> it wld be a big mistake to use it for seacocks because of its limited life.
        >
        >
        >
        > Best of luck
        >
        > Andrew .
        >
        >
        >
        > From: columbiasailingyachts@yahoogroups.com
        > [mailto:columbiasailingyachts@yahoogroups.com] On Behalf Of Patn44
        > Sent: Wednesday, August 03, 2011 12:32 PM
        > To: columbiasailingyachts@yahoogroups.com
        > Subject: CYOA - Re: thru hulls
        >
        >
        >
        >
        >
        > Not only the seacocks can fail. I broke the T handle on the large discharge
        > seacock in the V berth. Hauled the boat and repaired it. (also painted the
        > bottom as was needed). Then decided to 'test' the other seacocks to make
        > sure they were still operational. (I had been in the habit of leaving the
        > seacocks open most of the time...my bad). The intake under the sink came
        > apart in my hand. the core had completely degraded, the brass fittings
        > holding the hoses had turned red (a sign of degradation) and were brittle so
        > the whole had to be replaced. As all seacocks were, I believe, original, I
        > decided to replace all seacocks and through hulls. Also replaced all the
        > hoses and clamps. On replacing the head discharge through hull I found that
        > a PO had used a plastic through hull and that the seacock was held on with
        > barely 1/4" of thread. A heart stopping finding.
        >
        > ps: ran across an article that advised not attaching the through hulls to
        > the bonding system as it will cause them to become the egress for stray
        > electrical current and will degrade them quickly.
        > (mine were not attached to the bonding system).
        >
        > --- In columbiasailingyachts@yahoogroups.com
        > <mailto:columbiasailingyachts%40yahoogroups.com> , "tomcalthrop" <tom@>
        > wrote:
        > >
        > > Hi,
        > >
        > > I live aboard on a Columbia 36'. I close seacocks when I leave the boat
        > overnight or when I travel away from her. Daily (when I go to work) I keep
        > them open. There are a couple of side notes here though....
        > >
        > > I have a tiny bilge pump.. that just takes care of the occasional puddle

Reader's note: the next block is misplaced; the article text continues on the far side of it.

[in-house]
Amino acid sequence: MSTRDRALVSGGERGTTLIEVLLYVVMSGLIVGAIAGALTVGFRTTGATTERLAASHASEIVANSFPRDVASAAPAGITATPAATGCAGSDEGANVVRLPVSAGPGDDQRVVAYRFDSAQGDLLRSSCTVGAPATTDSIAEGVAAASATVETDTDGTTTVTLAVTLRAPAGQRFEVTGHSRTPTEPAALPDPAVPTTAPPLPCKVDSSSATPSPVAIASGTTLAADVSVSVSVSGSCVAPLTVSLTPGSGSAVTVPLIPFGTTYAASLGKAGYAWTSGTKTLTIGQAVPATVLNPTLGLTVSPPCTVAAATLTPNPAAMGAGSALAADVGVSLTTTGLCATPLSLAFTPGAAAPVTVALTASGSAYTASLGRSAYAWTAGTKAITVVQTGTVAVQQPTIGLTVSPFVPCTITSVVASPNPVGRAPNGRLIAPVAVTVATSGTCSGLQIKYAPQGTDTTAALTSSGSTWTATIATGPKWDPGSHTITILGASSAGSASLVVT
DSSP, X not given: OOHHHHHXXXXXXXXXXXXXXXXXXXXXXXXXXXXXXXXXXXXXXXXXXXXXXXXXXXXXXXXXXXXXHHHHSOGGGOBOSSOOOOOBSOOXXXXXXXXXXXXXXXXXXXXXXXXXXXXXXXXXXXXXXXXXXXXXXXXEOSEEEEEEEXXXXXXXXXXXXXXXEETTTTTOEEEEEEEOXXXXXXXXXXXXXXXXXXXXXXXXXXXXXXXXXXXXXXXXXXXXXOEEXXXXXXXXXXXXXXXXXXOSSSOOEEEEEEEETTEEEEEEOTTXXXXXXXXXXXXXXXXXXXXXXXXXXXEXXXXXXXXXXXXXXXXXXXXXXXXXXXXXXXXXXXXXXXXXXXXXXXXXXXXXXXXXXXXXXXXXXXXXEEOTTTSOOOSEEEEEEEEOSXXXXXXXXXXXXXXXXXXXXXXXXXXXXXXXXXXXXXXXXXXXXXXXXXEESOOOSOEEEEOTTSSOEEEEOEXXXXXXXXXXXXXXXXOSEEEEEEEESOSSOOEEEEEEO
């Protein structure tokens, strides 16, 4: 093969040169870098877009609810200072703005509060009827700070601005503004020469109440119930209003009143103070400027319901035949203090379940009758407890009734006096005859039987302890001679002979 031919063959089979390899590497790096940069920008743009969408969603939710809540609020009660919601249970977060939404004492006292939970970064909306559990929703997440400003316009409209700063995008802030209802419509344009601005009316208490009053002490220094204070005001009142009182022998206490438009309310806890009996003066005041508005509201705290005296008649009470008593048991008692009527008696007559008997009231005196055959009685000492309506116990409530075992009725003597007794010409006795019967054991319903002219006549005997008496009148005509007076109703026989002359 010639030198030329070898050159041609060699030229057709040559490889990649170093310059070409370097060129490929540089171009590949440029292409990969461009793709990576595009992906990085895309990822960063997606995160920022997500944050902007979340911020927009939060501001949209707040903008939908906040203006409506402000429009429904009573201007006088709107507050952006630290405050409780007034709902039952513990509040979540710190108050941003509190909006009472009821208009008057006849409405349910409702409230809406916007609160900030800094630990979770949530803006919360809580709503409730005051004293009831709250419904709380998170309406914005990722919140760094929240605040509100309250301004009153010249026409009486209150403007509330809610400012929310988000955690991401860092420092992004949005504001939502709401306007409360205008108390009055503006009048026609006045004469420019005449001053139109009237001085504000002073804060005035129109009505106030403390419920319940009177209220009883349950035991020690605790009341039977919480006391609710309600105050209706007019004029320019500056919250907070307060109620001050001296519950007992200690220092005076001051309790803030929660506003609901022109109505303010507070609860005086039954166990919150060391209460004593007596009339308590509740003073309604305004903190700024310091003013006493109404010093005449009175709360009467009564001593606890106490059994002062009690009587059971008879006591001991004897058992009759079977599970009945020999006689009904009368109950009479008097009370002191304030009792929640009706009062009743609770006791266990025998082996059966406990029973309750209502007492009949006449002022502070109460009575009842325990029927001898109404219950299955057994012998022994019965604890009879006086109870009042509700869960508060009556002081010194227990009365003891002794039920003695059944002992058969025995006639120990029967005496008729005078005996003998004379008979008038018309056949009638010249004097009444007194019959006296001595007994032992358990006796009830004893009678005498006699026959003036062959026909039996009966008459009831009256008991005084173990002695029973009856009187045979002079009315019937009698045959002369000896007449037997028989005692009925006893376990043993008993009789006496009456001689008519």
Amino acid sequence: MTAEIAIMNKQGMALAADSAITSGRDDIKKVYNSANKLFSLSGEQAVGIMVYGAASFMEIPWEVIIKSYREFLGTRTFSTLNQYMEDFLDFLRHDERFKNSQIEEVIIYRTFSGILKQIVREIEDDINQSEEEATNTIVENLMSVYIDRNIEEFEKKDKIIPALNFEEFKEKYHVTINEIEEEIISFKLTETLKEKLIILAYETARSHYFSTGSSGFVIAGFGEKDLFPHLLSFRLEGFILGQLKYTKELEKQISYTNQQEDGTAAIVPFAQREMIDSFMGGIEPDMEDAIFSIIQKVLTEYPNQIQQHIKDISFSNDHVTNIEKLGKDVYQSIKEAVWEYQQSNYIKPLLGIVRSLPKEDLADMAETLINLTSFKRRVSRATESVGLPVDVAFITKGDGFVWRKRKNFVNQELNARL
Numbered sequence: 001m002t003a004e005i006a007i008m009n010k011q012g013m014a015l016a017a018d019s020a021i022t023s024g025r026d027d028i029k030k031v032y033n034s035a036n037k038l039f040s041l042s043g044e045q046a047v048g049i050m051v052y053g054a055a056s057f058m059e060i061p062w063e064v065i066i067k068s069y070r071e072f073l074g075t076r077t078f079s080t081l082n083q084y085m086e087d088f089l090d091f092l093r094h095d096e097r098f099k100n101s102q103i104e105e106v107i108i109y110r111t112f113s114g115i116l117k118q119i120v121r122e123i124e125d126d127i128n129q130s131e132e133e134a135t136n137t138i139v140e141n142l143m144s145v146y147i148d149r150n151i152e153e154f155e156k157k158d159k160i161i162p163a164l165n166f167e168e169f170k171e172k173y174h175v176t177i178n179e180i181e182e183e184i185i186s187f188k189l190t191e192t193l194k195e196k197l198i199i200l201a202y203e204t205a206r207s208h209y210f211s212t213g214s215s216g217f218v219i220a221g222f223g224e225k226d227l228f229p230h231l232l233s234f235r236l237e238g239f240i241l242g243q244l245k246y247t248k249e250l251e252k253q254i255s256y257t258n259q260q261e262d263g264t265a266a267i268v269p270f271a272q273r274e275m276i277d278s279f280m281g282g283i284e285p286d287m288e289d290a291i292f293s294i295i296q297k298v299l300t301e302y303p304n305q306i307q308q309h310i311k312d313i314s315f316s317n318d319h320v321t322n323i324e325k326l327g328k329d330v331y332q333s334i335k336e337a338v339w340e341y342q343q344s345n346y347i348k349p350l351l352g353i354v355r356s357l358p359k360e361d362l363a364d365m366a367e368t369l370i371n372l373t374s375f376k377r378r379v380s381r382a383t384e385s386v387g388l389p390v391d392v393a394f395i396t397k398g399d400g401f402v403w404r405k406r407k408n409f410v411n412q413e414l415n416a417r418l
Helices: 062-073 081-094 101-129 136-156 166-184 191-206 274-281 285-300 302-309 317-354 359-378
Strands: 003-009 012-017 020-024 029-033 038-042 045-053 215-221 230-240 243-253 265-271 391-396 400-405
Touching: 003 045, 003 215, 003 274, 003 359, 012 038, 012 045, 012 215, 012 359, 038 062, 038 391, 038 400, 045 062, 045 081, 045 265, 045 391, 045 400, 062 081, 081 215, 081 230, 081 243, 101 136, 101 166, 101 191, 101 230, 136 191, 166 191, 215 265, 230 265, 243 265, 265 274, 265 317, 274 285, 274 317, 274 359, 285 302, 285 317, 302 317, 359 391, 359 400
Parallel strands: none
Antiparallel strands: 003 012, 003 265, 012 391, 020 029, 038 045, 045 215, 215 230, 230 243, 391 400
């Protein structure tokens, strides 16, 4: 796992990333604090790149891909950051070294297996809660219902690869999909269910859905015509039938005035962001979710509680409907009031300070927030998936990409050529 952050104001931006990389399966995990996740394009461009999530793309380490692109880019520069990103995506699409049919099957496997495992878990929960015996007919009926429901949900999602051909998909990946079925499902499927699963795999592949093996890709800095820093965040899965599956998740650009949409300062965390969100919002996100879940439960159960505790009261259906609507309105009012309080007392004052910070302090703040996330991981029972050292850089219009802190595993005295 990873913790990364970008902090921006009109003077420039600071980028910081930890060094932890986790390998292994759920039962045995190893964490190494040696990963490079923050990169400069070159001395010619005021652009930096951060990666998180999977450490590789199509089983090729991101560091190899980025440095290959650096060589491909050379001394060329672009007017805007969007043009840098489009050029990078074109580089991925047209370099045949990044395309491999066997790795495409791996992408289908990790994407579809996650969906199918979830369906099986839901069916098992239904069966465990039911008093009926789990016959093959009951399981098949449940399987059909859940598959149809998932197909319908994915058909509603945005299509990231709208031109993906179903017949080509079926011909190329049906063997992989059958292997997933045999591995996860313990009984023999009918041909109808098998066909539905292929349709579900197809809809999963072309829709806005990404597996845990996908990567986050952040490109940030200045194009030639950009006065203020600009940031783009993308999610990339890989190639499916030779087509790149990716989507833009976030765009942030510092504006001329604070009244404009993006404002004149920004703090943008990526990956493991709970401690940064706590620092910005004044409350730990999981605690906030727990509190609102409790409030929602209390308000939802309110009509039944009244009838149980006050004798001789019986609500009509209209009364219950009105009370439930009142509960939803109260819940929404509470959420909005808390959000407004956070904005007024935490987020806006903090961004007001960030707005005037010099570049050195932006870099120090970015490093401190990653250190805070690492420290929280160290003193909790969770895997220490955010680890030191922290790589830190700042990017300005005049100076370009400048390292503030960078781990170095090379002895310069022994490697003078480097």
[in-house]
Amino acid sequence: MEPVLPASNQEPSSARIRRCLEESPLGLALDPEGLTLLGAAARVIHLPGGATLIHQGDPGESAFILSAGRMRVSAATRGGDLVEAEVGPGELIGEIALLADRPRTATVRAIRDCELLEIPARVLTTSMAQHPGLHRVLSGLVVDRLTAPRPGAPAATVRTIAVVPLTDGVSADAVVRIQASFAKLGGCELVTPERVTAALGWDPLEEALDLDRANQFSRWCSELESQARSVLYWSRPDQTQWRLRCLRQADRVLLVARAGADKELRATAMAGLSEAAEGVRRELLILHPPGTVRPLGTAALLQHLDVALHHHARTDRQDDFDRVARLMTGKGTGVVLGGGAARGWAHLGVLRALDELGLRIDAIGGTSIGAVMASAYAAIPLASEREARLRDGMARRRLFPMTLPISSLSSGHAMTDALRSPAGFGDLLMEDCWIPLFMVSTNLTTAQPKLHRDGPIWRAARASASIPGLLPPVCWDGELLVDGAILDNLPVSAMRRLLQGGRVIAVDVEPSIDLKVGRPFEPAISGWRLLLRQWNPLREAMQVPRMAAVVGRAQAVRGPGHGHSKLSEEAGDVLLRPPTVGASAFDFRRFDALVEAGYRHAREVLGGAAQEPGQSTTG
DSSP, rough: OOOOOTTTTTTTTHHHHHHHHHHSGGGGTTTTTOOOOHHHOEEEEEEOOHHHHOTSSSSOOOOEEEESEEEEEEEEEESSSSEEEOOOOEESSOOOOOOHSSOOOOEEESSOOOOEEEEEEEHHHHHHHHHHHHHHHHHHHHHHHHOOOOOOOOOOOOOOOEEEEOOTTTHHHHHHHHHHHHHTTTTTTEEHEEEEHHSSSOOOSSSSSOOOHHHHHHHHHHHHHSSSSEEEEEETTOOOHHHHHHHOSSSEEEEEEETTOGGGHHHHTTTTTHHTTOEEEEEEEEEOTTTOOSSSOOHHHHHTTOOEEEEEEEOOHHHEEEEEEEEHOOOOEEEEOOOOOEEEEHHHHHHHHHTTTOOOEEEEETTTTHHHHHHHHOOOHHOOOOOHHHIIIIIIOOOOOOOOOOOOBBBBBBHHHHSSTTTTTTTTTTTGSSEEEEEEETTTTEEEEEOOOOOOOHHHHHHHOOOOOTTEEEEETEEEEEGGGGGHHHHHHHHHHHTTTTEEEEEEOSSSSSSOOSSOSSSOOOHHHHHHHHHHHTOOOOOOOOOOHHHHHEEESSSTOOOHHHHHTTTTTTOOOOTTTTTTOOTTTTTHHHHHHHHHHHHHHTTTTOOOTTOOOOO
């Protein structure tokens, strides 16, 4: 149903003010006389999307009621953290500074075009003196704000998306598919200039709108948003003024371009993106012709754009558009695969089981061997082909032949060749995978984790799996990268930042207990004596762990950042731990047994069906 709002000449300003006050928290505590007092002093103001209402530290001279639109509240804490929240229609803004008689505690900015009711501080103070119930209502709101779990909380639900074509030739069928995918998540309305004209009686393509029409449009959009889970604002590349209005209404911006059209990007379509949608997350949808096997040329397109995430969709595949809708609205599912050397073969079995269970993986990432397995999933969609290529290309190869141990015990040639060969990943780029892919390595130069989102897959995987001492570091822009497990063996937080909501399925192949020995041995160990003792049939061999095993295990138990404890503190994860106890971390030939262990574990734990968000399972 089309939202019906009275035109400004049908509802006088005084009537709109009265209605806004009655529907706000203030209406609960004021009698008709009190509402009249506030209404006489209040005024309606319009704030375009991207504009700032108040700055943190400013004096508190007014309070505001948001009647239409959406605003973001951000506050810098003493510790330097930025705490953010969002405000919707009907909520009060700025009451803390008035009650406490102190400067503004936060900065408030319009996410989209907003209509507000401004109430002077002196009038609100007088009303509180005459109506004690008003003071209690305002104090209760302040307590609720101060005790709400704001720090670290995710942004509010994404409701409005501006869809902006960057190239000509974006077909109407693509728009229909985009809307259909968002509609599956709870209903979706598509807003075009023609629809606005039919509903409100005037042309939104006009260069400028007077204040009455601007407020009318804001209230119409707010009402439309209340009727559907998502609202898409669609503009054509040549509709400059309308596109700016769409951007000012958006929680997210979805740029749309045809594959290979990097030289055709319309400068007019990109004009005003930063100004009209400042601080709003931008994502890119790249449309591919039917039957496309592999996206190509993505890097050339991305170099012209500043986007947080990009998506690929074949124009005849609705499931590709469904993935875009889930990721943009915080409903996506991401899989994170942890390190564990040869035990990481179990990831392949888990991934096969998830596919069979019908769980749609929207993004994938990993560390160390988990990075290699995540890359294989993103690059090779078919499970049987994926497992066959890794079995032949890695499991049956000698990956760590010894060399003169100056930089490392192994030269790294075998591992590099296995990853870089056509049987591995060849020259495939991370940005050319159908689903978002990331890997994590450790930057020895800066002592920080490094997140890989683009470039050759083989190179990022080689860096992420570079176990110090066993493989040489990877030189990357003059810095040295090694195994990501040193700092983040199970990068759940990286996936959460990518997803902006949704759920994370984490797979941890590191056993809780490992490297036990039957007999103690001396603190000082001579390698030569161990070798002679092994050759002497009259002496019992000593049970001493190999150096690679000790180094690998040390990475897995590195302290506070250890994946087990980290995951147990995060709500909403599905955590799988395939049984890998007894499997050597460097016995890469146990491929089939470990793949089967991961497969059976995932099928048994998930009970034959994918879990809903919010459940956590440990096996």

> from a hatch left open etc. Mounted about 1" higher that that I have a high
        > volume bilge pump with an audio sounder that would wake the dead (close to
        > the state I adopt when sleeping ;) ). I have a battery bank that can keep
        > that pumping for several hours.
        > >
        > > I always keep my engine seacock closed when starting the engine then open
        > immediately after. If the engine does not start I don't want to risk pumping
        > a load of salt water through it. If you forget the engine will sound a
        > temperature alarm. If you grease your impeller (glycerol, silicone grease or
        > Vaseline) it will survive a dry moment or two.
        > >
        > > Always a good idea to test seacocks can open AND close when near land and
        > shops... too many people leave their seacocks open only to discover that
        > they won't close when the seas are beating down on them.
        > >
        > > Happy sailing.
        > >
        > > Tom
        > >
        > >
        > > --- In columbiasailingyachts@yahoogroups.com
        > <mailto:columbiasailingyachts%40yahoogroups.com> , "jhnblngr" <jhnblngr@>
        > wrote:
        > > >
        > > > i have just purchased a 27 foot boat with a diesel engine, sink, marine
        > head, etc. it has numerous thru hulls that have been changed out from gate
        > valves to plastic ball valves. someone mentioned to me about keeping the
        > thru hull valves closed except when the boat is in use. my friend has said
        > to me that that is not necessary. that, for instance, if i forget to open
        > the one for the engine cooling water intake, i will destroy the impeller in
        > short order. any advice or opinions welcome. i live in texas and the boat is
        > in the water year round.
        > > >
        > >
        >